Parents get a lot of warning about the toddler phase as their baby approaches the one-year mark. You may have heard stories about the “terrible twos” or three-year-olds having tantrums in the grocery store, or perhaps you’ve witnessed what looks like an awful struggle between a parent and his or her toddler.
Like the teen years, the toddler years have a reputation for being difficult. But many believe that it doesn’t necessarily have to be that way. In fact, the toddler years can be some of the most joyful, fun, and exciting times in parenting, especially if you take a positive approach. Here are some tips on how you can get past just surviving to actually enjoy some aspects of the toddler years.
Don’t Dread It
It may become a self-fulfilling prophecy if you are so sure your baby is going to be a difficult toddler. In other words, you may actually encourage difficult behavior if that is all you expect from the beginning.
Buy books and read up on toddlers. Talk to other parents whose style of parenting their toddler you admire and respect. A little knowledge to prepare you for how toddlers tend to think and act, and learning what is normal for the age, can go a long way in helping you keep calm and allowing you to enjoy your toddler.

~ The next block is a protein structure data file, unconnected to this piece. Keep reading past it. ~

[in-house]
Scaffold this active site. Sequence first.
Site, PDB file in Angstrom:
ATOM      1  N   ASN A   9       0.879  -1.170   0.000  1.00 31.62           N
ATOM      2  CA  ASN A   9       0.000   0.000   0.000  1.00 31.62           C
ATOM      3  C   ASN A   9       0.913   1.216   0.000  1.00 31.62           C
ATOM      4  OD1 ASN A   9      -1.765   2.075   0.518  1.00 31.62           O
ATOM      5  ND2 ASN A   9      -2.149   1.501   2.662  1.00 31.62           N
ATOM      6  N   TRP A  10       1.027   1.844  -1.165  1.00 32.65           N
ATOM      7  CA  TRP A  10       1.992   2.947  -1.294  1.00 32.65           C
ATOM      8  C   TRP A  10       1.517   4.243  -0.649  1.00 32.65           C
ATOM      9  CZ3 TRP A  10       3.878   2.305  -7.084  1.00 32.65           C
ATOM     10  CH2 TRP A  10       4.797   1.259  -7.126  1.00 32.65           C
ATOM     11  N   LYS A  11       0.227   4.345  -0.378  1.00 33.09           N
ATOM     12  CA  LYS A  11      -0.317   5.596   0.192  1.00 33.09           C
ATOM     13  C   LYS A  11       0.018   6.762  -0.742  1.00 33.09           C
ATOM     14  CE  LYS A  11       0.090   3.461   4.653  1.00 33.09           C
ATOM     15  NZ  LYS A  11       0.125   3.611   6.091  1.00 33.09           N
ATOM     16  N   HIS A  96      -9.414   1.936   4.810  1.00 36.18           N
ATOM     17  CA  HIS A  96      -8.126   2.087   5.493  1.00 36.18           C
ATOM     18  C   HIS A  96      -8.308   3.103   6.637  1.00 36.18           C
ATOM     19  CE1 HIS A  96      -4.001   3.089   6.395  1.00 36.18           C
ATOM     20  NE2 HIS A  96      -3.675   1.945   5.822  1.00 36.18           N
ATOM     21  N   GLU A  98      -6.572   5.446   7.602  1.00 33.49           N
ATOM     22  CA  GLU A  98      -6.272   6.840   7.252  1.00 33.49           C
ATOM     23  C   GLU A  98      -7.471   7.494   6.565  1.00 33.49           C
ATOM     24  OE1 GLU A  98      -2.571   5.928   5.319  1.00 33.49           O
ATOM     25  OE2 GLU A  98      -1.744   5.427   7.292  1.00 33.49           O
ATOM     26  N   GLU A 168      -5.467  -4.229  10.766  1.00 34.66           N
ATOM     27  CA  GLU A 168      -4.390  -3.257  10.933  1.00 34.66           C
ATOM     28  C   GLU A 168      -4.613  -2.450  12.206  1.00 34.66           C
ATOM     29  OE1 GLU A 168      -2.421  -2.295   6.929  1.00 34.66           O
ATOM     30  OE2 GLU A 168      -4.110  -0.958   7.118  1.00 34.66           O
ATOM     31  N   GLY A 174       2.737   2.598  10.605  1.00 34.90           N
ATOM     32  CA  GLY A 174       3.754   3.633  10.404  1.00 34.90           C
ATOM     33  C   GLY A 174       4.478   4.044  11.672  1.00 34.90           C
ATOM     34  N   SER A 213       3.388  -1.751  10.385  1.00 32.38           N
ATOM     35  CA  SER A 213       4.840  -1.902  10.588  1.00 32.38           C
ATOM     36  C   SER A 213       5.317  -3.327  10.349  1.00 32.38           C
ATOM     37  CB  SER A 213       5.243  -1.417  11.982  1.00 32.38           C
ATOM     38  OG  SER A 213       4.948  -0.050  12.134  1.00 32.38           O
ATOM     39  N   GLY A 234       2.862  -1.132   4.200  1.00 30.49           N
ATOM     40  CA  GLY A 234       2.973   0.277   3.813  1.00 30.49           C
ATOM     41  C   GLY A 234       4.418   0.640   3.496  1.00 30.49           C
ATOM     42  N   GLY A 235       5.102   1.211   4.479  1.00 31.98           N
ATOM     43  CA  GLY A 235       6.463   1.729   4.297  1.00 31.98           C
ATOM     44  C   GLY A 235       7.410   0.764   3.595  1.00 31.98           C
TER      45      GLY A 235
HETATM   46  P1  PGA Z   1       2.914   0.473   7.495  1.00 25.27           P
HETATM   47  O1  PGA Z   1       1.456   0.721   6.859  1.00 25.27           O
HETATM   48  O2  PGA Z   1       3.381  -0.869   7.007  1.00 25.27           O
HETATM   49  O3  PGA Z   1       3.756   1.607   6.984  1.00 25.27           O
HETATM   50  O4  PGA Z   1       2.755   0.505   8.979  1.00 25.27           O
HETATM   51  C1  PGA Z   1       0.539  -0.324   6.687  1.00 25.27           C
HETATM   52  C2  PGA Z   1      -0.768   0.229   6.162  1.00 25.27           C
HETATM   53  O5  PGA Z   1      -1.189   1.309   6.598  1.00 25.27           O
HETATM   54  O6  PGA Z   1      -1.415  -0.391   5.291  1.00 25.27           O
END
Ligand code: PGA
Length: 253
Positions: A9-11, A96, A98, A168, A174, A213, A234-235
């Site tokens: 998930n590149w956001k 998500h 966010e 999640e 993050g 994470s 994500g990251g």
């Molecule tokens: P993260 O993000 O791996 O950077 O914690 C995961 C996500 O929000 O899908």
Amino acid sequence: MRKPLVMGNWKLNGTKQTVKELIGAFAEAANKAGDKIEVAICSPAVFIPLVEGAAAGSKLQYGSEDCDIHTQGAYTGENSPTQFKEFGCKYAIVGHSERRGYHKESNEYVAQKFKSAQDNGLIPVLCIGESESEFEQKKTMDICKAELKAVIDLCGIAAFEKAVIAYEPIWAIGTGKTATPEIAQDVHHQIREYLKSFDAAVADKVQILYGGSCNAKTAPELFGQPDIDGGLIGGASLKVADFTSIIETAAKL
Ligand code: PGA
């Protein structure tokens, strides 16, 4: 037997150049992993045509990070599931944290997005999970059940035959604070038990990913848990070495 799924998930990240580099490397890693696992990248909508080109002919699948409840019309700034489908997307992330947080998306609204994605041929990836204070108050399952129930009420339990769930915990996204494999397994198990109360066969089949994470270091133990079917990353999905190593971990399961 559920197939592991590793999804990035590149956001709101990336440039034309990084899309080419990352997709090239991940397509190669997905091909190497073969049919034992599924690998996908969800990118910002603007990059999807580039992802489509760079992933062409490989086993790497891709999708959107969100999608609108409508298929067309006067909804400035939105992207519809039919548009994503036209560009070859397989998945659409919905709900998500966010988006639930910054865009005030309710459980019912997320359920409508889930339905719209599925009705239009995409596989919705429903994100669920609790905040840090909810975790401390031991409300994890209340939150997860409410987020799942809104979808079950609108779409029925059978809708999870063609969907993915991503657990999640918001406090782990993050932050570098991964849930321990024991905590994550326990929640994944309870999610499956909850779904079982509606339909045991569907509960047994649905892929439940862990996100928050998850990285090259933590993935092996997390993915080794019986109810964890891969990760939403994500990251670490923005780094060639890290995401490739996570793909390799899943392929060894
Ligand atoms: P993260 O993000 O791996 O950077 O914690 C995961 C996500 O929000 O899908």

Being informed takes some of the worry out of parenting a toddler – you will be less likely to be left wondering what their behavior is all about, or relying on stereotypes about toddler behavior.
Toddler-Proof Your Home
Try to think like a toddler. This is also where hearing from other parents is important. Look at your house and remove or put away any small objects within a toddler’s reach.
Consider moving or removing tables or other furniture that have sharp corners (at least from their bedroom or play area). Lock cabinet doors and trashcan lids. All pens, pencils, or pointy objects should be put away. Delicate decorative items should be removed (you can always get them back out again when your child is older.) Once this is done, it may help you relax and enjoy your toddler’s inquisitive exploration rather than inducing worry that he is going to hurt himself or destroy something.
Toddlers can be a real blast. It’s so rewarding to watch them learn new things and have experiences for the first time. Enjoy this aspect of their development, and take them into the woods, to the park or museum, and any other (safe) place of interest. Read them books, give them art supplies, play music and dance. Enjoy teaching them all these “new” things and have fun in the process.